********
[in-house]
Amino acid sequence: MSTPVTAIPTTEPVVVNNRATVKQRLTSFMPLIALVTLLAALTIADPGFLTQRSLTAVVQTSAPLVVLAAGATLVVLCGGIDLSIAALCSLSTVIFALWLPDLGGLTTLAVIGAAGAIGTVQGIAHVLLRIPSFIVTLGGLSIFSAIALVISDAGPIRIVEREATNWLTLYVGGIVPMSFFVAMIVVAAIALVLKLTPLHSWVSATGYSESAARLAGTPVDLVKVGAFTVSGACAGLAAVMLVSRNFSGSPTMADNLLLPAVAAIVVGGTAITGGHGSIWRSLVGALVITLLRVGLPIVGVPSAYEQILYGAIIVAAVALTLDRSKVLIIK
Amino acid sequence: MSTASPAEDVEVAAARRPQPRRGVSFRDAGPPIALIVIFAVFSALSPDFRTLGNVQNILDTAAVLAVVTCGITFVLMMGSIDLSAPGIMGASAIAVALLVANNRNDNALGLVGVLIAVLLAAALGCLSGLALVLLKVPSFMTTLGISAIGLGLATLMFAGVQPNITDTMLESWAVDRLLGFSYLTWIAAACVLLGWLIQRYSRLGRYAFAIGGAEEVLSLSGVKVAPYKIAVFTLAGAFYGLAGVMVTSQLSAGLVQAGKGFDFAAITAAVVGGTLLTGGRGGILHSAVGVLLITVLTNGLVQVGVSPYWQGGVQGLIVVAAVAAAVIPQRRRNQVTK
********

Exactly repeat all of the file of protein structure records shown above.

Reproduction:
[in-house]
Amino acid sequence: MSTPVTAIPTTEPVVVNNRATVKQRLTSFMPLIALVTLLAALTIADPGFLTQRSLTAVVQTSAPLVVLAAGATLVVLCGGIDLSIAALCSLSTVIFALWLPDLGGLTTLAVIGAAGAIGTVQGIAHVLLRIPSFIVTLGGLSIFSAIALVISDAGPIRIVEREATNWLTLYVGGIVPMSFFVAMIVVAAIALVLKLTPLHSWVSATGYSESAARLAGTPVDLVKVGAFTVSGACAGLAAVMLVSRNFSGSPTMADNLLLPAVAAIVVGGTAITGGHGSIWRSLVGALVITLLRVGLPIVGVPSAYEQILYGAIIVAAVALTLDRSKVLIIK
Amino acid sequence: MSTASPAEDVEVAAARRPQPRRGVSFRDAGPPIALIVIFAVFSALSPDFRTLGNVQNILDTAAVLAVVTCGITFVLMMGSIDLSAPGIMGASAIAVALLVANNRNDNALGLVGVLIAVLLAAALGCLSGLALVLLKVPSFMTTLGISAIGLGLATLMFAGVQPNITDTMLESWAVDRLLGFSYLTWIAAACVLLGWLIQRYSRLGRYAFAIGGAEEVLSLSGVKVAPYKIAVFTLAGAFYGLAGVMVTSQLSAGLVQAGKGFDFAAITAAVVGGTLLTGGRGGILHSAVGVLLITVLTNGLVQVGVSPYWQGGVQGLIVVAAVAAAVIPQRRRNQVTK